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Difference Between Hotel and B&B

hotelHotel vs. B&B

Hotels are often used for a few nights of rest. As a result, many hotels offer a Continental breakfast – that is, a complimentary array of fruits, yogurts, cereals, breads, and at times, batter for making one’s own waffles. For the most part, hotels are set up as more apartment/complex style living, with uniform rooms, bedding, and décor. Most hotels are also part of a chain, operated by a conglomeration that has a set theme and ideology.

Bed and breakfasts (or B&Bs) allow for a comfortable stay, for a period of time lasting from one to two nights. As breakfast is a complimentary part of the experience, there is usually a full range of foods to choose from – ranging from eggs, meats, and whatever foods may ultimately be found within the confines of the house itself. B&Bs are usually homes that are rented out for people to come and stay, meaning that they are usually independently owned. Most likely, there will be an open kitchen and room variations.

In terms of staffing, hotels are fully equipped with a large scale staff. Hotel staff are required to perform a wide range of tasks, including room service, cleaning the rooms, washing the linens, operate the banquet halls and any other restaurants within the hotel, check in the guests, and provide whatever amenities the guests may need. B&Bs are usually equipped with a smaller, more intimate group of staff members, who engage with the guests as if they were a part of the home itself. The goal, in the end, is to get closer to the guests, as opposed to sterilely perform tasks for them.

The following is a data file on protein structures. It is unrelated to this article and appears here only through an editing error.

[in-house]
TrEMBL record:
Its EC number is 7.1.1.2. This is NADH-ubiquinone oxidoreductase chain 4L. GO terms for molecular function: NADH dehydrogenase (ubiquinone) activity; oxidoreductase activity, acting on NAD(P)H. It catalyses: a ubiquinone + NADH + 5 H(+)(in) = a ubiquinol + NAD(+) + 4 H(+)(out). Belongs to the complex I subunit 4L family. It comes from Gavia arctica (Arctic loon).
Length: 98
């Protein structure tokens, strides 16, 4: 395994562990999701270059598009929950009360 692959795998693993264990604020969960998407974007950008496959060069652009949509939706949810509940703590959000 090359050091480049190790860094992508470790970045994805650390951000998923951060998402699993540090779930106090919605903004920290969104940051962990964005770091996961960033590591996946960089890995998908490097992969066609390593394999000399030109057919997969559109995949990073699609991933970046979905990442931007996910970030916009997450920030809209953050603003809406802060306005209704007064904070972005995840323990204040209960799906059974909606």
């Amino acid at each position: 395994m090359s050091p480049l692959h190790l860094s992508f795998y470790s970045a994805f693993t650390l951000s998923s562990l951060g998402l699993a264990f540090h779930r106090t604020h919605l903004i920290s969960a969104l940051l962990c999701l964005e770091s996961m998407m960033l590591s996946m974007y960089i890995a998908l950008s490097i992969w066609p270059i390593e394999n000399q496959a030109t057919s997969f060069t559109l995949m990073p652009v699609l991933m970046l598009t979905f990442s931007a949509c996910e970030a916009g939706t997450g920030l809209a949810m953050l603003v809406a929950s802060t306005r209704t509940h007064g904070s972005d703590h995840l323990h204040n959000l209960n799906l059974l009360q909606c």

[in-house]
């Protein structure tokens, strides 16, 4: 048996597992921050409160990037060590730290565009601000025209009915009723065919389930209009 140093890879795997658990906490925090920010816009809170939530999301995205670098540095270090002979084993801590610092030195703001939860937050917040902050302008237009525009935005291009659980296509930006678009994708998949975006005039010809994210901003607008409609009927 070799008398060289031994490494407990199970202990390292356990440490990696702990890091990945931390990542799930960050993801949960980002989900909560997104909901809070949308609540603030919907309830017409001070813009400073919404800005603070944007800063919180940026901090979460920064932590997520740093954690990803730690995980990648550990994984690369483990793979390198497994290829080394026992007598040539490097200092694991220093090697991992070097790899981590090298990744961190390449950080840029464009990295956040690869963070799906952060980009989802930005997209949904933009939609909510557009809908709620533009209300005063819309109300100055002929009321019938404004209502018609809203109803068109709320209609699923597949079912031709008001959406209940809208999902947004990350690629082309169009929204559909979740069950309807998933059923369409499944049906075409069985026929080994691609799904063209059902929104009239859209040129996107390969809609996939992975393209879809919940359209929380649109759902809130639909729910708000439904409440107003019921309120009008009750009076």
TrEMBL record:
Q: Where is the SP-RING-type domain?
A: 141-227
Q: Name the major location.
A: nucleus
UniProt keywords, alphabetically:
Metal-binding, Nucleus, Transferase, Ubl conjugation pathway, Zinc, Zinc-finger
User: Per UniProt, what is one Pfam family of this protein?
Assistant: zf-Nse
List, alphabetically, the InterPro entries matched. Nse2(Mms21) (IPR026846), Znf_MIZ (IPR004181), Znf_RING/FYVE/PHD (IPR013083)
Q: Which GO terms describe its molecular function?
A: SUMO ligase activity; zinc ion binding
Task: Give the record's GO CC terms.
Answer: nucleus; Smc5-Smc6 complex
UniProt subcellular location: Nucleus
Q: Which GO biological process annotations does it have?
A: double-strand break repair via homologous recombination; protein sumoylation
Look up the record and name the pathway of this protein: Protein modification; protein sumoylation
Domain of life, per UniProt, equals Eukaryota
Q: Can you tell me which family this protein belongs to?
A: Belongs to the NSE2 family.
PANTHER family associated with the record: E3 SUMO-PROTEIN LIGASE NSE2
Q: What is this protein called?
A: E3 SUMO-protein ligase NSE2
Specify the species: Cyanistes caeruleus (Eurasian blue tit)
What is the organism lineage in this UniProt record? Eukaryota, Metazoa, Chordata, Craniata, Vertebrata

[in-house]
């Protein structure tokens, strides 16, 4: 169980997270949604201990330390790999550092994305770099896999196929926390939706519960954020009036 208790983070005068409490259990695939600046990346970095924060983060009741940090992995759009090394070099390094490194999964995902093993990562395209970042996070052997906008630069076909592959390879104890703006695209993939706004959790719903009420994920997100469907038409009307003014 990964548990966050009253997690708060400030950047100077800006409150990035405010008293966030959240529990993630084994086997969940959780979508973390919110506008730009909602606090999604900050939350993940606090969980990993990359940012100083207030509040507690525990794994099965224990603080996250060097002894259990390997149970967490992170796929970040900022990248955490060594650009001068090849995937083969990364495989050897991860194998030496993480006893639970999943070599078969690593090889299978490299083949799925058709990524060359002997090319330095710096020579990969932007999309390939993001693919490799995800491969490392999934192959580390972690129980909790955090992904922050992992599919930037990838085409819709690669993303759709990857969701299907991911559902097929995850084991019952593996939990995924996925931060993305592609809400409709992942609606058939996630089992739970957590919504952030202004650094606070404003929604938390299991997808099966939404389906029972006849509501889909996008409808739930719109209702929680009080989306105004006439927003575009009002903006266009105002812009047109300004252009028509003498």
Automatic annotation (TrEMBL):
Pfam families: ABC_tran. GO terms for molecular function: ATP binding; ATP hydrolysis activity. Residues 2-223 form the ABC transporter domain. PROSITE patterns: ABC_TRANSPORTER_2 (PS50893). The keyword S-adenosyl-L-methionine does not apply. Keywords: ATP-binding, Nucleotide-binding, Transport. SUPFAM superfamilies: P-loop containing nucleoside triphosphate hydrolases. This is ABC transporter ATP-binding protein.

With regards to the food, hotels usually hire chefs to do all the cooking – which does ultimately drive up the price of chain hotels. The cooking is uniform, and is usually undertaken by professionals who are loosely associated with the hotel. The food at most B&Bs are prepared by the owners of the home, and are of a gourmet, yet more informal, quality.

Unlike hotels, B&Bs fluctuate their prices based on peak and slow seasons. This means that room rates may range from affordable to outlandish in a given season. Hotels have the luxury of offering discounts to frequent and/or government guests. However, most hotels charge for using many of the amenities, including buying snacks, bottled water, certain television channels, etc. B&Bs come equipped with all the amenities any guest may need.


1. Hotels are usually chains that are owned by larger conglomerations; B&Bs are usually independently owned.

2. Hotels offer a sterile range of breakfast foods (cereals, breads, juices); B&Bs offer meals cooked by the owners, that are more informal, though of a gourmet quality.

3. Hotels can offer discounts to frequent guests or government employees; B&Bs base their prices on the current flow of the season.

4. Hotels often charge for extra facilities or services besides the room; B&Bs offer most amenities free of charge.

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